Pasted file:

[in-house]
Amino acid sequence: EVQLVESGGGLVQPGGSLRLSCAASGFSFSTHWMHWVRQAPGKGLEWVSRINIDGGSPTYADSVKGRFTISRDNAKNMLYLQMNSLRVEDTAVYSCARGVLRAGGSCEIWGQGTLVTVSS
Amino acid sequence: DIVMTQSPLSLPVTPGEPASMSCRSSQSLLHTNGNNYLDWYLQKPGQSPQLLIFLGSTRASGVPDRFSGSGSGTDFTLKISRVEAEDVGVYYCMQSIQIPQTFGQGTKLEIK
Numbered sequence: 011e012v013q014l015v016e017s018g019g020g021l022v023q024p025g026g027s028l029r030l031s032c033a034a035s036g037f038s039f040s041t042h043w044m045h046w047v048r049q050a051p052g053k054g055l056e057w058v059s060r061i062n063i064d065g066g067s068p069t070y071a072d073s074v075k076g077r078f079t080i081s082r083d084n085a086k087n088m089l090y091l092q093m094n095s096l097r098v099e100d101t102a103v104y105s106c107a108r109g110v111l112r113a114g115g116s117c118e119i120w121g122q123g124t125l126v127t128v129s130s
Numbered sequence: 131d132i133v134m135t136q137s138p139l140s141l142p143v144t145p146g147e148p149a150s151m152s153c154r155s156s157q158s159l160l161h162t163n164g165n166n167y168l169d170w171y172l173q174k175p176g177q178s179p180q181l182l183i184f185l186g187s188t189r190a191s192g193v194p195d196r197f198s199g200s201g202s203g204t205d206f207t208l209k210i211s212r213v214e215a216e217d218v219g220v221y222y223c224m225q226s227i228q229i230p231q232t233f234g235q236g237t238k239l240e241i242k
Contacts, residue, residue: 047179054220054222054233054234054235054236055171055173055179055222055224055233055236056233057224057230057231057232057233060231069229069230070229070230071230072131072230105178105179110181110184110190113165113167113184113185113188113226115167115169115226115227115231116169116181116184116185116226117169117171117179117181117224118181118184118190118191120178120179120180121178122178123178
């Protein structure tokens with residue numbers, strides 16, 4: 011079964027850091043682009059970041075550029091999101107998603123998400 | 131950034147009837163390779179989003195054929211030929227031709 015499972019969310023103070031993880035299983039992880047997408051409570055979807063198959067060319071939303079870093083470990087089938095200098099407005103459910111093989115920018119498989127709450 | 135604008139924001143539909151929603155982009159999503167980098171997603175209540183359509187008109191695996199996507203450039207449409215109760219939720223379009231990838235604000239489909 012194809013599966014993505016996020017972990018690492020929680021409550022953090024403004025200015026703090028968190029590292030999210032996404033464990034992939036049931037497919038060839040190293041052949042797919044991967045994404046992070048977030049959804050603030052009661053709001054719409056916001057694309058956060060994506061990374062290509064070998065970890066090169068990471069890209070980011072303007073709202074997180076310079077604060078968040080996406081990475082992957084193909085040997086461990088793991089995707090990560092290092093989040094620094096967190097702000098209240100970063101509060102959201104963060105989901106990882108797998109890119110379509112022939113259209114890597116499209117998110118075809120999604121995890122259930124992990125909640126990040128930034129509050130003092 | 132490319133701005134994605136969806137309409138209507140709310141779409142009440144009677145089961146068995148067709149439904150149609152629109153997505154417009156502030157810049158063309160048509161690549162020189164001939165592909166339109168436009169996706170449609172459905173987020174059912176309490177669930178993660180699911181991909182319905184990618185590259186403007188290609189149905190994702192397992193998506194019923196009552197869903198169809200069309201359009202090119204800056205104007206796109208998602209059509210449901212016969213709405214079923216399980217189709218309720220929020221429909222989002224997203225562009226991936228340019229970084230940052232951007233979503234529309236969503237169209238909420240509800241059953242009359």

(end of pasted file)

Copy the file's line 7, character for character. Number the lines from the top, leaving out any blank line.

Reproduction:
């Protein structure tokens with residue numbers, strides 16, 4: 011079964027850091043682009059970041075550029091999101107998603123998400 | 131950034147009837163390779179989003195054929211030929227031709 015499972019969310023103070031993880035299983039992880047997408051409570055979807063198959067060319071939303079870093083470990087089938095200098099407005103459910111093989115920018119498989127709450 | 135604008139924001143539909151929603155982009159999503167980098171997603175209540183359509187008109191695996199996507203450039207449409215109760219939720223379009231990838235604000239489909 012194809013599966014993505016996020017972990018690492020929680021409550022953090024403004025200015026703090028968190029590292030999210032996404033464990034992939036049931037497919038060839040190293041052949042797919044991967045994404046992070048977030049959804050603030052009661053709001054719409056916001057694309058956060060994506061990374062290509064070998065970890066090169068990471069890209070980011072303007073709202074997180076310079077604060078968040080996406081990475082992957084193909085040997086461990088793991089995707090990560092290092093989040094620094096967190097702000098209240100970063101509060102959201104963060105989901106990882108797998109890119110379509112022939113259209114890597116499209117998110118075809120999604121995890122259930124992990125909640126990040128930034129509050130003092 | 132490319133701005134994605136969806137309409138209507140709310141779409142009440144009677145089961146068995148067709149439904150149609152629109153997505154417009156502030157810049158063309160048509161690549162020189164001939165592909166339109168436009169996706170449609172459905173987020174059912176309490177669930178993660180699911181991909182319905184990618185590259186403007188290609189149905190994702192397992193998506194019923196009552197869903198169809200069309201359009202090119204800056205104007206796109208998602209059509210449901212016969213709405214079923216399980217189709218309720220929020221429909222989002224997203225562009226991936228340019229970084230940052232951007233979503234529309236969503237169209238909420240509800241059953242009359």